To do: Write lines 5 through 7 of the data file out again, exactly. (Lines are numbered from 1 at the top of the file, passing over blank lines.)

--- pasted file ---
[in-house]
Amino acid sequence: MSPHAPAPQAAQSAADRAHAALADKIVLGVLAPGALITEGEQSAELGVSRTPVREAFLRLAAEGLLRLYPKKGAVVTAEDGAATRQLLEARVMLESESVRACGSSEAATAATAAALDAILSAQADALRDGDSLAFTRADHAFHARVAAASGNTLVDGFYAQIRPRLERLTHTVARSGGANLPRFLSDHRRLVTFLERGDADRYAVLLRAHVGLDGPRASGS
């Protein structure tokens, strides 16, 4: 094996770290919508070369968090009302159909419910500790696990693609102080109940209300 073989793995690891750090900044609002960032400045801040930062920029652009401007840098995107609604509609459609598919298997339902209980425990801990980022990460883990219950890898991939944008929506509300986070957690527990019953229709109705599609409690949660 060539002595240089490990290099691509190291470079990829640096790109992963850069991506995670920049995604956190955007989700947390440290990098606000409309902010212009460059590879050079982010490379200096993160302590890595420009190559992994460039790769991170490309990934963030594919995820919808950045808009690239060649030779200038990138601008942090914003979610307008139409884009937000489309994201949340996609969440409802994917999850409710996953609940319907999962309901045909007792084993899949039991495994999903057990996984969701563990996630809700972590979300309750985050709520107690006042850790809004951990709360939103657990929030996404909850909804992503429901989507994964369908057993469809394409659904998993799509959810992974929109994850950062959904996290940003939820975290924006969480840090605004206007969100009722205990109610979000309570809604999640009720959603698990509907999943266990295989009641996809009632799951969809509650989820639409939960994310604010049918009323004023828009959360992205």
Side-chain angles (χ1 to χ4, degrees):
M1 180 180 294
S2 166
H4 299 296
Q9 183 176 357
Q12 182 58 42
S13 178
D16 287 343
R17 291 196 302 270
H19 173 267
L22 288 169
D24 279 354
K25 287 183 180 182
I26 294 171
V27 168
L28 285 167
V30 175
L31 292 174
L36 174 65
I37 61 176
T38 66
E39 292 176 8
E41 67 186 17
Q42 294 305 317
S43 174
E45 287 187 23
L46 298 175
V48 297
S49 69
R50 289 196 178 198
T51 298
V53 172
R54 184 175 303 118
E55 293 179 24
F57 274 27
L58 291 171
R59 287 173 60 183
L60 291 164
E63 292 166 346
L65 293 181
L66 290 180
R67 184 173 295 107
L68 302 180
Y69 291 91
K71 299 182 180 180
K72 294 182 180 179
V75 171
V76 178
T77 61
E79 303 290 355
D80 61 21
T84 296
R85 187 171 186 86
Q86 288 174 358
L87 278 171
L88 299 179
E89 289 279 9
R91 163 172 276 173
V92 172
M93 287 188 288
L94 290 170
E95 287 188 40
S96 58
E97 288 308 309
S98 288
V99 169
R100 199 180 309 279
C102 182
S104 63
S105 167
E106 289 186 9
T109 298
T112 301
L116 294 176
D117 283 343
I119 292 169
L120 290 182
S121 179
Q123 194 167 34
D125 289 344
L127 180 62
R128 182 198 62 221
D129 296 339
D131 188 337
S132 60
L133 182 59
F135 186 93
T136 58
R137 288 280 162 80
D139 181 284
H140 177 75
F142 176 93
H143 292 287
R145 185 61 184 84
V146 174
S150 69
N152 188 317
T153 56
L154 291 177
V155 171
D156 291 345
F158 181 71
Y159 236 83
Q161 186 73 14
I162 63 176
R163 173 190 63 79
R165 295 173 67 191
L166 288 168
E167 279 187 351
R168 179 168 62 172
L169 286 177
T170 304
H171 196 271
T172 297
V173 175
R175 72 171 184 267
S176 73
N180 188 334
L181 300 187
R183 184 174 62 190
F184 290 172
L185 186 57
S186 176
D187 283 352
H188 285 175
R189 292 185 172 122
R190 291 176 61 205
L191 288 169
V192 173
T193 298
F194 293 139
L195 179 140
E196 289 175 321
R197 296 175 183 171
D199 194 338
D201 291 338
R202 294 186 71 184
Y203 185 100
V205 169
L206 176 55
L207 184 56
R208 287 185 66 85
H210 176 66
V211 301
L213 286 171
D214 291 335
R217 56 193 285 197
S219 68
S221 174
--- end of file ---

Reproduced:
M1 180 180 294
S2 166
H4 299 296